The normal PSA value is usually stated to be less than 4.0. However, because of the fact that benign enlargement of the prostate gland tends to occur as men get older, an age-adjusted scale has been developed:

  • 0-2.5: Normal for a man 40-50 yrs.
  • 2.5-3.5: Normal for a man 50-60 yrs.
  • 3.5-4.5: Normal for a man 60-70 yrs.
  • 4.5-5.5: Normal for a man 70-80 yrs.

But here’s a major problem.

  • About 15% of men with a PSA below 4 will have prostate cancer on a biopsy.
  • Men with a PSA level between 4 and 10 have about a 1 in 4 chance of having prostate cancer.
  • If the PSA is more than 10, the chance of having prostate cancer is over 50%.

There isn’t a big difference between 15% (<4) and 25 % (4-10). That’s roll of dice odds. While 50% is a tougher toss of the coin it is still only 50/50.

My result was an elevated level. I had a follow up PSA two weeks later, which is a standard follow up if the first result is up, and that was slightly lower but still midway in the 4-10 range. So that warranted a referral to a specialist, which was done. I was advised the “estimated wait time” for an appointment was 6 weeks, but over a month on from 6 weeks later I still haven’t heard.

I am now scheduled for a standard 3 month PSA blood test next week. That will give me another rough indication of the risk of having cancer.

So I have had plenty of time to research things. Hence my interest in Resisting recommended treatment for prostate cancer: a qualitative analysis of the lived experience of possible overdiagnosis popping up on twitter yesterday.

Objective To describe the lived experience of a possible prostate cancer overdiagnosis in men who resisted recommended treatment.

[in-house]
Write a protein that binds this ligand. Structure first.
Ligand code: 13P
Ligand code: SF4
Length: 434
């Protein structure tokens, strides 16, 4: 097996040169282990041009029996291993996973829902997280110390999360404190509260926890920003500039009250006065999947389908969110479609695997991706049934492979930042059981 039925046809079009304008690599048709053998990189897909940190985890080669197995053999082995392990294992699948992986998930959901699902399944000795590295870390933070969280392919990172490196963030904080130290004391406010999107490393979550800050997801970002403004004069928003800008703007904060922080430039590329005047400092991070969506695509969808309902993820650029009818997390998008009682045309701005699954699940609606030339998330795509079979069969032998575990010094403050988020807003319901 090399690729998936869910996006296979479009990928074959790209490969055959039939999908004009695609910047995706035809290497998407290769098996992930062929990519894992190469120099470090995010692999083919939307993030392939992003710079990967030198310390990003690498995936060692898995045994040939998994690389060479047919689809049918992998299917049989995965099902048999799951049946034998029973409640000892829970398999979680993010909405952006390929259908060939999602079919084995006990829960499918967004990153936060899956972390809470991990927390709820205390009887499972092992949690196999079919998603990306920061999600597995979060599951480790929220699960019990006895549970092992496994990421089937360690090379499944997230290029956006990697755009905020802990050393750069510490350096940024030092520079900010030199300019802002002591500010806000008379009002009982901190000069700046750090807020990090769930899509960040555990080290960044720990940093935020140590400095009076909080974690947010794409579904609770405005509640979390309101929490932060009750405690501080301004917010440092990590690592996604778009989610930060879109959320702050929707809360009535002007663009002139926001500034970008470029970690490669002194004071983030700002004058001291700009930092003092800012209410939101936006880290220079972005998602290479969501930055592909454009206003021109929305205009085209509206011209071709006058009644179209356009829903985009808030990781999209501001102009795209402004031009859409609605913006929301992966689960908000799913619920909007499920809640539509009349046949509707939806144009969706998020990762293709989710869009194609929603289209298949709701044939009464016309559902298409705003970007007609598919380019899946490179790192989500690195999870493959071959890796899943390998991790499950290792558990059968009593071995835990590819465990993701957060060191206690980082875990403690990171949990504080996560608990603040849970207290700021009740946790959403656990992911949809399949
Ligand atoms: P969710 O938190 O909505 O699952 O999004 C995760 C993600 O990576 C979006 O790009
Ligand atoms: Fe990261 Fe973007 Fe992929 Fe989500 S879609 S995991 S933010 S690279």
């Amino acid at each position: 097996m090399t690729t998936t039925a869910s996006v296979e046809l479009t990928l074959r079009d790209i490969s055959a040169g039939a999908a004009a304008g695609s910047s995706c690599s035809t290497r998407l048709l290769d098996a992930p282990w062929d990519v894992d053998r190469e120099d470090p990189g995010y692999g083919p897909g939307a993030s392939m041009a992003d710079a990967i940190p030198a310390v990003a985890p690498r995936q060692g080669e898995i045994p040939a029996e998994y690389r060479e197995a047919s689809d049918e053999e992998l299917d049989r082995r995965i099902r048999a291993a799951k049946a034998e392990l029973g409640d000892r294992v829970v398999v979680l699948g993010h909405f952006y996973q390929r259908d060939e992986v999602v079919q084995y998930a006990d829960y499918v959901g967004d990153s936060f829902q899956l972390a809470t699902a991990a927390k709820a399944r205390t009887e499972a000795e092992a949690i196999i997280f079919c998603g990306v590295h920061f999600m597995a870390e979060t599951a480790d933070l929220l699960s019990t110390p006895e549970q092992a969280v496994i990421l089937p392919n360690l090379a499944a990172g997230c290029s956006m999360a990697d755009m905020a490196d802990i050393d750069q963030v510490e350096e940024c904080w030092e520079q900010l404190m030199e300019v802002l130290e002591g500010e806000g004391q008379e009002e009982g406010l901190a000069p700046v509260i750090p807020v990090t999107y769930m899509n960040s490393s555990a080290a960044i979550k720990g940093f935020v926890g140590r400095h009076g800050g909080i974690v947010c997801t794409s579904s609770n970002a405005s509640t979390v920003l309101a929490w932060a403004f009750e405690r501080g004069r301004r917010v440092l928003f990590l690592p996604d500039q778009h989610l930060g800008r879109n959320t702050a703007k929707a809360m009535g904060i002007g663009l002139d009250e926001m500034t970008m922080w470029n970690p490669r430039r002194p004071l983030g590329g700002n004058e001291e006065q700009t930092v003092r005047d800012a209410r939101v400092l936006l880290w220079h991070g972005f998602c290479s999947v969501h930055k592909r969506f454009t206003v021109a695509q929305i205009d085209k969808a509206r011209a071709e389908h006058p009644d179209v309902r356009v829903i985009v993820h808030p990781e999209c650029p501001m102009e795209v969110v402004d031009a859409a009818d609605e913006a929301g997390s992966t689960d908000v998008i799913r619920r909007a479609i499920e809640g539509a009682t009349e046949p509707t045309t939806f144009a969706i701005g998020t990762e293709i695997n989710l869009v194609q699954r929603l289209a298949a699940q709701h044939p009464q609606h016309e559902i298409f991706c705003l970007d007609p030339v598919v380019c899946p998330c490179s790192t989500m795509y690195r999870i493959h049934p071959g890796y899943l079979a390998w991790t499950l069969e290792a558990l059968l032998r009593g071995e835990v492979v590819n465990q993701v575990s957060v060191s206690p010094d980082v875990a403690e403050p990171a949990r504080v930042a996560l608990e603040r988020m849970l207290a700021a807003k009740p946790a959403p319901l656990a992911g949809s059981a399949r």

Design Qualitative interview study

Setting Australia

Participants 11 men (aged 59–78 years) who resisted recommended prostate cancer treatment because of concerns about overdiagnosis and overtreatment.

Outcomes Reported experience of screening, diagnosis and treatment decision making, and its impact on psychosocial well-being, life and personal circumstances.

Results Men’s accounts revealed profound consequences of both prostate cancer diagnosis and resisting medical advice for treatment, with effects on their psychological well-being, family, employment circumstances, identity and life choices. Some of these men were tested for prostate-specific antigen without their knowledge or informed consent. The men felt uninformed about their management options and unsupported through treatment decision making. This often led them to develop a sense of disillusionment and distrust towards the medical profession and conventional medicine. The findings show how some men who were told they would soon die without treatment (a prognosis which ultimately did not eventuate) reconciled issues of overdiagnosis and potential overtreatment with their own diagnosis and situation over the ensuing 1 to 20+ years.